How one in­die is fac­ing the chal­lenge of di­ver­si­fi­ca­tion

Keep­ing a stu­dio small in size can make it much eas­ier to be flex­i­ble, and it’s given peo­ple such as

Aj Grand-Scrut­ton (above) the op­por­tu­nity to take a view of the chal­lenges fac­ing to­day’s devel­op­ers. As CEO of Dlala, he’s al­ready worked in a va­ri­ety of en­vi­ron­ments, on con­trast­ing projects, while the com­pany thrives as it ap­proaches its fourth birth­day. Dlala part­nered with Team17 to re­lease party game Over­ruled; be­fore then, it had gone it alone, and ex­per­i­mented for a time op­er­at­ing within Mi­crosoft’s Lift Lon­don. Sub­se­quently the team has worked on govern­ment-train­ing game projects, and it con­tin­ues to work on its own ti­tles. “I think the sin­gle big­gest mis­take any­one run­ning a stu­dio makes is bas­ing the com­pany’s fu­ture on pro­jec­tions,” GrandScrut­ton says. In three to five years, he points out, the game de­vel­op­ment land­scape can change con­sid­er­ably. “My rule is I don’t base our stu­dio on in­vis­i­ble money. I make sure we have the deals we need to keep the stu­dio run­ning and the con­tracts are sorted so if it gets killed ran­domly, it doesn’t give us only three months to sur­vive.”

else’s – can’t adapt to changes, and that can be the end of them.”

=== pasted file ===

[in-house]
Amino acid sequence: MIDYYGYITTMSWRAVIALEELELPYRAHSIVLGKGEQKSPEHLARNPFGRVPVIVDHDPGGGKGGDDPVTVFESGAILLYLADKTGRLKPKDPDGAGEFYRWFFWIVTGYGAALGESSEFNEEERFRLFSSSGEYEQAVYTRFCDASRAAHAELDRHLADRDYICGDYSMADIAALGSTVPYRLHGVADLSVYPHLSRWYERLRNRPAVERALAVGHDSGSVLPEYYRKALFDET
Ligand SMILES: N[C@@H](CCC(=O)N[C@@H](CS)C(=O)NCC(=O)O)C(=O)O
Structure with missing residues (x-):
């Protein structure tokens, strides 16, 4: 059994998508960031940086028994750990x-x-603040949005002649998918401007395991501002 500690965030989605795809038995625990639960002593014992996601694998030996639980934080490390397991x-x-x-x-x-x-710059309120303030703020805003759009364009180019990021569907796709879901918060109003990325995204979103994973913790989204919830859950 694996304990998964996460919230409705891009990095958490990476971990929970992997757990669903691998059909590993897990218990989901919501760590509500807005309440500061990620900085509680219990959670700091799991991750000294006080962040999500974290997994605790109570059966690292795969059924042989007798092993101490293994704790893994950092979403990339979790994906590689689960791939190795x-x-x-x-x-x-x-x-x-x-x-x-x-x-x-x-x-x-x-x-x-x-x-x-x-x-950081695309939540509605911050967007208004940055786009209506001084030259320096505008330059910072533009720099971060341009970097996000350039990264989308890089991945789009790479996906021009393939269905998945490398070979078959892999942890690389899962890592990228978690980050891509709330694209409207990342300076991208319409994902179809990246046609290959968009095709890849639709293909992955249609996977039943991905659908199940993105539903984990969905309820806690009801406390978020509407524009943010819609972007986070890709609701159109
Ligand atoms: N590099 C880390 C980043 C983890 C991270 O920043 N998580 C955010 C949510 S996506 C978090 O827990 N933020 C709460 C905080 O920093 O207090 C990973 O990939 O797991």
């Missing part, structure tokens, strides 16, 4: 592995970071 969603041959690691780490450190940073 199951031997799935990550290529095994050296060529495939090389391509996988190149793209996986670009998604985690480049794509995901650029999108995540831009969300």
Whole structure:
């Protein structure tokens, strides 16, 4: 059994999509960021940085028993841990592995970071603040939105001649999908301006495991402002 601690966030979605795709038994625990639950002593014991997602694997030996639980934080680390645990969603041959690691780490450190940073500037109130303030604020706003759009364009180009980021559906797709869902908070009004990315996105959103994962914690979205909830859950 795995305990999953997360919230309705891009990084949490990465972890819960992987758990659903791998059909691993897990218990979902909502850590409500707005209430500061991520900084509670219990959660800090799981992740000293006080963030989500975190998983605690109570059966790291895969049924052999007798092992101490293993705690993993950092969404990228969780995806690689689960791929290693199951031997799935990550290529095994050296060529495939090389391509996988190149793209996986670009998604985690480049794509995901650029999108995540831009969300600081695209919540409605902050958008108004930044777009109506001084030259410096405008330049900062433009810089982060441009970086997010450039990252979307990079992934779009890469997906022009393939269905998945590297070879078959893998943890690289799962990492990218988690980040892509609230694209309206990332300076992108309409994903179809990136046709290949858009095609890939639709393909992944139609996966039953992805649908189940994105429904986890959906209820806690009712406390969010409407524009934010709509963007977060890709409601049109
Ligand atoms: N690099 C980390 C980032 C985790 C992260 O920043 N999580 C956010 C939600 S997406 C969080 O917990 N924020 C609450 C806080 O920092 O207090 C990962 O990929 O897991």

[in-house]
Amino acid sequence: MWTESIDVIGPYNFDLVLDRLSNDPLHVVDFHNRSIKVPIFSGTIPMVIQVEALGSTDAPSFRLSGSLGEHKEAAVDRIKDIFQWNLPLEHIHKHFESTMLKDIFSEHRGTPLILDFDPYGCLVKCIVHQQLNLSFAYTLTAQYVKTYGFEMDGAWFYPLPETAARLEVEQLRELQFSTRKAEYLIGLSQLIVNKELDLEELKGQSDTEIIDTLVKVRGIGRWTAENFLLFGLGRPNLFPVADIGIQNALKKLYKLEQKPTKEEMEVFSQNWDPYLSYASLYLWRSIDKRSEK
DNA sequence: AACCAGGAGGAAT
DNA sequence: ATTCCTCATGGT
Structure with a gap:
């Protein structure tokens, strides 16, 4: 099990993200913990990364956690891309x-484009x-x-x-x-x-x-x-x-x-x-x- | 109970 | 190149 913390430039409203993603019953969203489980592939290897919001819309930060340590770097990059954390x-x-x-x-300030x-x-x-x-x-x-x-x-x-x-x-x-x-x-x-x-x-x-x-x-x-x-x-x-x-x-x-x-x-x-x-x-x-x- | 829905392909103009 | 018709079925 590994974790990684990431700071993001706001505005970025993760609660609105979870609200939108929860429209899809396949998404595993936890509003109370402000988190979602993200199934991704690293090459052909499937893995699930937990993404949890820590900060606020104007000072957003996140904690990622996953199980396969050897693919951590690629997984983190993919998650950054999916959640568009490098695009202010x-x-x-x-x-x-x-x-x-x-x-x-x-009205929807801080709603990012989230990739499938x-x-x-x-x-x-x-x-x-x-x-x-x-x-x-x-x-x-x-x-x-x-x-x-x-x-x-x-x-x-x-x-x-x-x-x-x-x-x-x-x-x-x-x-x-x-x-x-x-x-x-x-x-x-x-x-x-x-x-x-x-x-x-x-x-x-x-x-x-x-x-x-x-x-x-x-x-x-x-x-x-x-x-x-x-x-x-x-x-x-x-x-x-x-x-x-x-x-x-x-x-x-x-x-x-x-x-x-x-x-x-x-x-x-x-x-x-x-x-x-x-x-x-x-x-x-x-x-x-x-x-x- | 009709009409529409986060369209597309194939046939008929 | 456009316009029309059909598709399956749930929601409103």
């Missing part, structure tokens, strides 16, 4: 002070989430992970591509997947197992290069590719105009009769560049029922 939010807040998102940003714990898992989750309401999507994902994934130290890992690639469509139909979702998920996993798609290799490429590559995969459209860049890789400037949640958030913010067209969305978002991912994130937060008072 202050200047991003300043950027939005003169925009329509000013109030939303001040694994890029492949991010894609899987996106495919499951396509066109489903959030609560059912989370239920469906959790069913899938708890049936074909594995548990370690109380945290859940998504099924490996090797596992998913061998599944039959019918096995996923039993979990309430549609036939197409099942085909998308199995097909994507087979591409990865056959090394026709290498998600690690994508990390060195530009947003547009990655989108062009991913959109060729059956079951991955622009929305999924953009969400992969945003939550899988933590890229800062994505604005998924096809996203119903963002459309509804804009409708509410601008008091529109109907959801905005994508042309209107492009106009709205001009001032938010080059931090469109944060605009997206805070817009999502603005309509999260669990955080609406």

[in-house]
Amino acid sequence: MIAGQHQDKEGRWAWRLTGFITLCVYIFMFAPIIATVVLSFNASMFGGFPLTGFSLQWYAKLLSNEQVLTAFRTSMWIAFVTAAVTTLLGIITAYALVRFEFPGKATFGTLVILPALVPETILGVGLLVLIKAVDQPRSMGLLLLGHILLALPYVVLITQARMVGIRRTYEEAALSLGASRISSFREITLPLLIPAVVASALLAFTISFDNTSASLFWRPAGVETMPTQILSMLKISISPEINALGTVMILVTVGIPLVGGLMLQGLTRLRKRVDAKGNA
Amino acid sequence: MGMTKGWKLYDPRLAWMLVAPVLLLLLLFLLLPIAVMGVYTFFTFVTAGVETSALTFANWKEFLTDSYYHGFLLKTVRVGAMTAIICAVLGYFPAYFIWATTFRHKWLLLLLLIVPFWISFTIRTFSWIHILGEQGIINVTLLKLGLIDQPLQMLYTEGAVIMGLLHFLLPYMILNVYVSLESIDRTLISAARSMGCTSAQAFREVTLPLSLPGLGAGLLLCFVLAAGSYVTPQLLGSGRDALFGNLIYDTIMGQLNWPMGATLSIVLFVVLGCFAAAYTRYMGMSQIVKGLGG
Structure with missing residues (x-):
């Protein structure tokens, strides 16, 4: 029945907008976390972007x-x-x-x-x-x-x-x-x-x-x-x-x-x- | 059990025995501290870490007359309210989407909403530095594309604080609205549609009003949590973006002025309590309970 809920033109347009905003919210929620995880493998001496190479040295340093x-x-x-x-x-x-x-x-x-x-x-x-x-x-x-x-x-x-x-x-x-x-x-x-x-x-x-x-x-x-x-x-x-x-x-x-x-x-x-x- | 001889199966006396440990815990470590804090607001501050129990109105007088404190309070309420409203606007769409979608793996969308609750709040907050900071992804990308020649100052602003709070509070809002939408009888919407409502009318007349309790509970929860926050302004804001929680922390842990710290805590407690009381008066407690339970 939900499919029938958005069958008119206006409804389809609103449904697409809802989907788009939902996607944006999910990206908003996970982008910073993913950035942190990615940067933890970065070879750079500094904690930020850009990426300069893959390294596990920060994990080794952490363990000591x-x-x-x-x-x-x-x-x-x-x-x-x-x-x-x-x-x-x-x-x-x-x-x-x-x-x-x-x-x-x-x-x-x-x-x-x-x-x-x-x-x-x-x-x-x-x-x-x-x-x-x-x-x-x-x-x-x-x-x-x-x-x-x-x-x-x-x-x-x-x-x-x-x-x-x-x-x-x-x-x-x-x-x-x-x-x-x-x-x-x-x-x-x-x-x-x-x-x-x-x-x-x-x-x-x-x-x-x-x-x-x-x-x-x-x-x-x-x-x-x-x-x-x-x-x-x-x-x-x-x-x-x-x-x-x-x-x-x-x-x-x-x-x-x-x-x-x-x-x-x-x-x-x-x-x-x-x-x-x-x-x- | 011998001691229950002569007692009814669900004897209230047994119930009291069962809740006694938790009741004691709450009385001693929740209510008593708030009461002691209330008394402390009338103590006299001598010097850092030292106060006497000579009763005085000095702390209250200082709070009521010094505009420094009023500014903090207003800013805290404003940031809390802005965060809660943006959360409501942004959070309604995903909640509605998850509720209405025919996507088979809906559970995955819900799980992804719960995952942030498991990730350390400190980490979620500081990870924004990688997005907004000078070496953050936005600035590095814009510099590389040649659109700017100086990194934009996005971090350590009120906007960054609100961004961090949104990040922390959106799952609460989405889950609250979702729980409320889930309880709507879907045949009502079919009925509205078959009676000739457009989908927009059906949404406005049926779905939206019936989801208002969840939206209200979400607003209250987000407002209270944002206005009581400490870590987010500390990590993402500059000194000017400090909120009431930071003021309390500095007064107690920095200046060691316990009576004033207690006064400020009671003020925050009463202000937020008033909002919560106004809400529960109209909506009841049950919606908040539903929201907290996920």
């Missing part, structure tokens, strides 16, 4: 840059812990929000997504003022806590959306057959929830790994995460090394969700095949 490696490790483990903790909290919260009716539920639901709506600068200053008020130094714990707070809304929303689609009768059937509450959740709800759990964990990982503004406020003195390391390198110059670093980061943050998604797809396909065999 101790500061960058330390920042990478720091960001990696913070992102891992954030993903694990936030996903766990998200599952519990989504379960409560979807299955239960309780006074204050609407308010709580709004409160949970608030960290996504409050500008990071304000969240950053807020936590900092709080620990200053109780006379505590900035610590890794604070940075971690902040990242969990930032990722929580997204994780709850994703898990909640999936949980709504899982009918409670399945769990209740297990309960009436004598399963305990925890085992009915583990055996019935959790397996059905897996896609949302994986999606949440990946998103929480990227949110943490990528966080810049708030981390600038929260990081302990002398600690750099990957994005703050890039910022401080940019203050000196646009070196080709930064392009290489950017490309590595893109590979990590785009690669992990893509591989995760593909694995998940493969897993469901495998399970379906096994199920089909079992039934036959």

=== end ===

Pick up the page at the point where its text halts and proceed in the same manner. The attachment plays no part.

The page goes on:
Look­ing at Sony’s of­fi­cial state­ment con­cern­ing Evo­lu­tion’s clo­sure, it’s clear that plat­form hold­ers them­selves have to be equally ag­ile, which comes with a cost. When huge global videogame com­pa­nies adapt in or­der to sur­vive, it can re­sult in en­tire stu­dios fall­ing, putting im­mense pres­sure on in­di­vid­ual liveli­hoods. “Reg­u­lar re­views take place through­out SCE World­wide Stu­dios, en­sur­ing that the re­sources that we have in such a com­pet­i­tive land­scape can cre­ate and pro­duce high-qual­ity, in­no­va­tive and com­mer­cially vi­able projects,” the state­ment reads. “As part of this process we have re­viewed and as­sessed all cur­rent projects and plans for the short and medium term and have de­cided to make some changes to the Euro­pean stu­dios struc­ture.”